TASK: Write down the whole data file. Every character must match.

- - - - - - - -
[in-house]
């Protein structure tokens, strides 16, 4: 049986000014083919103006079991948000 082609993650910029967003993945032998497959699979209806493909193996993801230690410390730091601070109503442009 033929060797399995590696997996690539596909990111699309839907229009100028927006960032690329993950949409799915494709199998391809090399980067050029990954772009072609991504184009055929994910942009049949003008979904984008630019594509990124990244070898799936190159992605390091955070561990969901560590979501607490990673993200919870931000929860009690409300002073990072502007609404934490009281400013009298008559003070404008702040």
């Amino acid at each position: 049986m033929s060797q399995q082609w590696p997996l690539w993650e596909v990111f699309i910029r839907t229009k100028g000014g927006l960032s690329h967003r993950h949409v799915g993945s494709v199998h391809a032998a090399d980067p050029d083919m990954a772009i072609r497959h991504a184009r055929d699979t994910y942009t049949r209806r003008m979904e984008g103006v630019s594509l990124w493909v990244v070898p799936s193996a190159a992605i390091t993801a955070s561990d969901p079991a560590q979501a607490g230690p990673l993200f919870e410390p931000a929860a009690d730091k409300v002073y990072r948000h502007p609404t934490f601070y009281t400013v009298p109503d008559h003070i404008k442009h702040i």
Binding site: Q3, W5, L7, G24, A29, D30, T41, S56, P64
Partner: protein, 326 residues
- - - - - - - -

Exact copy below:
[in-house]
């Protein structure tokens, strides 16, 4: 049986000014083919103006079991948000 082609993650910029967003993945032998497959699979209806493909193996993801230690410390730091601070109503442009 033929060797399995590696997996690539596909990111699309839907229009100028927006960032690329993950949409799915494709199998391809090399980067050029990954772009072609991504184009055929994910942009049949003008979904984008630019594509990124990244070898799936190159992605390091955070561990969901560590979501607490990673993200919870931000929860009690409300002073990072502007609404934490009281400013009298008559003070404008702040």
């Amino acid at each position: 049986m033929s060797q399995q082609w590696p997996l690539w993650e596909v990111f699309i910029r839907t229009k100028g000014g927006l960032s690329h967003r993950h949409v799915g993945s494709v199998h391809a032998a090399d980067p050029d083919m990954a772009i072609r497959h991504a184009r055929d699979t994910y942009t049949r209806r003008m979904e984008g103006v630019s594509l990124w493909v990244v070898p799936s193996a190159a992605i390091t993801a955070s561990d969901p079991a560590q979501a607490g230690p990673l993200f919870e410390p931000a929860a009690d730091k409300v002073y990072r948000h502007p609404t934490f601070y009281t400013v009298p109503d008559h003070i404008k442009h702040i």
Binding site: Q3, W5, L7, G24, A29, D30, T41, S56, P64
Partner: protein, 326 residues